However, in the beginning it was not the easiest thing to start drawing live on a white board while people looking at your drawing and spelling mistakes. So hearing from other graphic recorders and visual facilitators about their journey helped me to learn and grow.
So why is a community of practice so important? For me this all comes back to our human needs. Let’s have a look at the Maslow’s Hierarchy of Needs. The fundament of that step ladder is safety and the fulfilment of your physiological needs. Like food and shelter. I am quite confident that you have reached that level by the pure fact that you have conditions in life that enable you to listen to this podcast. If you would worry about food and shelter you probably would not have the capacity to think about this podcast.
The next level in the Hierarchy of Needs is love and belonging. Communities of practise help at this point because it provides a group of people who like to do the same things you like and everyone shares their experience. You notice that your challenges are not so different from others and that someone found a solution for your problem already.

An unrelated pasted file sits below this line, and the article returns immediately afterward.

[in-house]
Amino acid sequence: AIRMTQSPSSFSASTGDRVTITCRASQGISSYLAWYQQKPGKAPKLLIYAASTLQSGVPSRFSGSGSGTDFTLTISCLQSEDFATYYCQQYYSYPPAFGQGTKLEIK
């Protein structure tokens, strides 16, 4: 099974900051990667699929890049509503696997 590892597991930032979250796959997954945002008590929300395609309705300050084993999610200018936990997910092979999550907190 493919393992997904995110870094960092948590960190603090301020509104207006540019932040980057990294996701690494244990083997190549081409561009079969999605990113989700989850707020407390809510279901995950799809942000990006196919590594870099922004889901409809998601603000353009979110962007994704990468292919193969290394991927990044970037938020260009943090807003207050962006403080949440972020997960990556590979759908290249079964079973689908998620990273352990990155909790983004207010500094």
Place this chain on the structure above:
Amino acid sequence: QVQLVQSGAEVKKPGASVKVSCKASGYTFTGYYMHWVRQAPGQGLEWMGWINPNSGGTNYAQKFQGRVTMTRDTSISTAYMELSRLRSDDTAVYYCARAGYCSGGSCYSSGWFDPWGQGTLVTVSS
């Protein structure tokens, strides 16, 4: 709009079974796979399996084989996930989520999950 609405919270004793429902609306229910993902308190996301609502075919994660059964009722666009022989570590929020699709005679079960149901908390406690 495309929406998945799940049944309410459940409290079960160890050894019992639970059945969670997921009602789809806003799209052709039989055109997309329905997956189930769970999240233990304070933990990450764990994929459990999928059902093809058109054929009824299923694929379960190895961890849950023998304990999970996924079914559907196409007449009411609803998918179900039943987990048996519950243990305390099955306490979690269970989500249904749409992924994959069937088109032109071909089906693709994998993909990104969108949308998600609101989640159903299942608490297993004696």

Level up on Maslow’s ladder again and we talk about esteem or acknowledgement by others. Esteem gives you the feeling that you are on the right track. I often come home from Meetups and have the feeling that I do well and should progress my path. I also feel good because I could help others on their journey. Some people need more acknowledgement some people less. However, most people need a bit of the good feeling and the comfort that we are on the right track.
The final step in that hierarchy is the self-actualisation. Self-actualization is a tricky one. Some people say they just know what they should do in life and feel like they are called to do it. However for me this is not so clear – I enjoy learning new things and passing them on. For many it is the quest about what you want to do with your life and who you would like to become.